Soon after its founding, the PKF – Prague Philharmonia joined the ranks of the most respected Czech orchestras and established great renown in Europe and elsewhere in the world.
In its “manifesto”, the orchestra highlighted vigour, energy, and perfectionism, as well as a tremendous love for the music, with which it imbues each and every concert.
The PKF – Prague Philharmonia is beloved for its characteristic sound, created in large part by the key focus of its repertoire: Viennese Classicism, pieces by Joseph Haydn, Wolfgang Amadeus Mozart, and Ludwig van Beethoven. This area is the ensemble’s primary domain, and an area at which it excels. The spirit of the art from this historical period is perfectly reflected in the PKF – Prague Philharmonia credo: to play with crystal-clear purity and a straightforward, sparkling passion that will ensure that every listener, regardless of age or profession, may understand every detail of the music performed and return home from its concerts full of joie de vivre. The art presented by the PKF – Prague Philharmonia is both exceptional and accessible to everyone.
The repertoire also includes Romance compositions, as well as modern and contemporary music, performed within a Special Concert series unique among the selections of Czech orchestras.
Since the beginning of the 2008–2009 season, the orchestra has been headed by Chief Conductor and Music Director Jakub Hrůša, whodespite his young age already enjoys great international renown. The ensemble’s founder, the globally celebrated Czech conductor Jiří Bělohlávek, was at its helm until 2005, when he was named the orchestra’s Conductor Laureate. From 2005 to 2008, the Chief Conductor of the PKF – Prague Philharmonia was the Swiss conductor and flautist Kaspar Zehnder. Since the beginning of the 2015–16 season, the post of Music Director and Chief Conductor has been held by the distinguished French conductor Emmanuel Villaume.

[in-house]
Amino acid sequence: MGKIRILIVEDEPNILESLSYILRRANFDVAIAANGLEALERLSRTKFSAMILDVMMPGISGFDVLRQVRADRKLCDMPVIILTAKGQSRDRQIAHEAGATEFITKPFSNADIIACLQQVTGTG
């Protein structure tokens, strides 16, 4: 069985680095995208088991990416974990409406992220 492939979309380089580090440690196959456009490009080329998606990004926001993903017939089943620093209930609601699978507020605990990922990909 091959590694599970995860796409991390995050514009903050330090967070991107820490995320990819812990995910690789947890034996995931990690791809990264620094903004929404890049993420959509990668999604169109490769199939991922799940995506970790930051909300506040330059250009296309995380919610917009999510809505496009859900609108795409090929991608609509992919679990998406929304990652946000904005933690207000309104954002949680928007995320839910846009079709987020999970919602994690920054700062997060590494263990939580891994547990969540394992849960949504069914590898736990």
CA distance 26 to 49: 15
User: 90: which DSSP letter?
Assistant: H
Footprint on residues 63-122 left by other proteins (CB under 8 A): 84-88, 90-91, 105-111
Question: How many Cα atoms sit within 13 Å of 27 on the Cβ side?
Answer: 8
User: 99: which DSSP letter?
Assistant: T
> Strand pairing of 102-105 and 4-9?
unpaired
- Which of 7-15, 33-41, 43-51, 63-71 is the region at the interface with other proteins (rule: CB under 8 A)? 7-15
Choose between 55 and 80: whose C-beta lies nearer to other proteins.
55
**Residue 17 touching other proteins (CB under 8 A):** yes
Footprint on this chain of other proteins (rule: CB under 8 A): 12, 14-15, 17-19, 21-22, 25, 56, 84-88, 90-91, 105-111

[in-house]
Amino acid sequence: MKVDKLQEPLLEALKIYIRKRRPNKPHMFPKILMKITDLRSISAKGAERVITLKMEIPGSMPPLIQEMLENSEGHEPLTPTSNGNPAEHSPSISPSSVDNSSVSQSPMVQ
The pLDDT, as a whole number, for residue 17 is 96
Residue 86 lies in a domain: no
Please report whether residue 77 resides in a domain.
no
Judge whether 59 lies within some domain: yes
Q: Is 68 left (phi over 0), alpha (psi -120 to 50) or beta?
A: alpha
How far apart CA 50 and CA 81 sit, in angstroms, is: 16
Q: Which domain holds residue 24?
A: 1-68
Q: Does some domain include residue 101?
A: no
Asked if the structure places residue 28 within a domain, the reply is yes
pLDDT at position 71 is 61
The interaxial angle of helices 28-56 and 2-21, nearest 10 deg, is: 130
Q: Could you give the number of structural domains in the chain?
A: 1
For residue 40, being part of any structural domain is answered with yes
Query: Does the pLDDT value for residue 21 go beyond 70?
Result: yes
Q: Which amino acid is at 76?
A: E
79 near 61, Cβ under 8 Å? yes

The PKF – Prague Philharmonia is a regular guest at international music festivals, frequently performs at prestigious world concert halls, and is a regular partner of world-famous conductors and soloists including Vladimir Ashkenazy, Milan Turković, Jefim Bronfman, András Schiff, Shlomo Mintz, Sarah Chang, Isabelle Faust, Mischa Maisky, Magdalena Kožená, Anna Netrebko, Natalie Dessay, Rolando Villazón, Plácido Domingo, Elina Garanča, Juan Diego Flórez, Radek Baborák, Thomas Hampson, and many others.
To date the orchestra has recorded more than 60 CDs for prominent Czech and foreign labels, including Deutsche Grammophon, Decca,Supraphon, EMI, Warner Music, and Harmonia Mundi. Some of its albums have received such prestigious accolades as the RAC Canada Gold Disc (2000), the Harmonie Award (2001), and the Diapason d’Or (September 2007).
Guest artists featured on the PKF – Prague Philharmonia’s recordings include Anna Netrebko, Eva Urbanová, Magdalena Kožená, Isabelle Faust, Jean-Guihen Queyras, Iva Bittová, Peter Dvorský, Dagmar Pecková, and many others. The most critically acclaimed album is the live recording of the orchestra’s performance of Smetana’s My Country at Prague Spring 2010, conducted by Jakub Hrůša.